Question 12 and a half

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Posts tagged with "feminism"

Writing women is not some kind of dark art.

-

Keza MacDonald, Video games need more women and asking for that won’t end the world

There are so many great quotes from this article, but I’m pretty sure this is my favorite.

biohazardgirl:

Hey, hey, hey tumblr.

North Dakota only has one abortion clinic and you can’t get an abortion six weeks after conception.

You can’t get an abortion there even if your infant has fatal fetal birth defects.

We filed a lawsuit about this but the law is still in effect.

Do us a solid.

Cheer for us too.

This makes me so mad. Legislators aren’t even chipping away at Roe v Wade, they are smashing it to fucking bits. And that’s a horrific violation of people’s rights, dare I say human rights? Yeah, I’m gonna go with human rights. The right to a safe abortion is a human right because anything less than that takes away a person’s bodily sovereignty.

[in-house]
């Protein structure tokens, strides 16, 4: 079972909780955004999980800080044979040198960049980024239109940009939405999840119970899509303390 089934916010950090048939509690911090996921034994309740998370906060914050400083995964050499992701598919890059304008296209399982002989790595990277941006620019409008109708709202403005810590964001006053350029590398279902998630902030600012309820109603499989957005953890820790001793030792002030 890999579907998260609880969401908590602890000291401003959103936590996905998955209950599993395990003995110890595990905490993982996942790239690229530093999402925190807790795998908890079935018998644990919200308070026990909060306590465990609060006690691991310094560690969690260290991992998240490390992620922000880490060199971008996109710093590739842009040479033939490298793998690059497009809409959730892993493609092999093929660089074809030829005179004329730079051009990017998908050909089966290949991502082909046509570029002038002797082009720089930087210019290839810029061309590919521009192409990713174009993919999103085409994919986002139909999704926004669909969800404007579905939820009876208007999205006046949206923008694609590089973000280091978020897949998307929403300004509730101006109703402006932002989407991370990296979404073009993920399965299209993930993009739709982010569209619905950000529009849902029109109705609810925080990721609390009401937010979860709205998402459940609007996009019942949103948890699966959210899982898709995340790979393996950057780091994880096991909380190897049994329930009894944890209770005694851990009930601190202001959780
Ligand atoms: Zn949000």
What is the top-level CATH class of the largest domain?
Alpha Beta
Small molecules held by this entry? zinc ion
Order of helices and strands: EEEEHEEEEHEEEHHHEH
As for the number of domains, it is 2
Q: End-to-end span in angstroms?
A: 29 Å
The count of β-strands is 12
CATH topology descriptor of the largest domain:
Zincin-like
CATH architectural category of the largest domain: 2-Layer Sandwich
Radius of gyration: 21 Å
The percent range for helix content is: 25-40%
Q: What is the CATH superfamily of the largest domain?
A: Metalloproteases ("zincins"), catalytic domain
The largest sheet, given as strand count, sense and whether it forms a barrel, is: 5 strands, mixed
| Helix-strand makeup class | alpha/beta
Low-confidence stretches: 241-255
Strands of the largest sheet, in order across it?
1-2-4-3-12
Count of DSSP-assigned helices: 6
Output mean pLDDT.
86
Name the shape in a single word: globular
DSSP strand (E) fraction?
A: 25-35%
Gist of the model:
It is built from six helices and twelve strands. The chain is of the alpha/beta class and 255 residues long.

I think at some point I kind of stopped identifying as liberal because there are lots of people who call themselves “liberal” whose opinions do not align with mine even a little bit.

Sometimes I think of myself as “radical,” which sounds equal parts silly and badass, and I like. But because I also identify as a feminist, I wouldn’t want anyone thinking I’m a “radfem” because that’s a deeply fucked up, privileged movement.

And I guess I run into some of the same issues with “feminist” that I do with “liberal.” There are lots of people who call themselves feminists whose opinions don’t align with mine.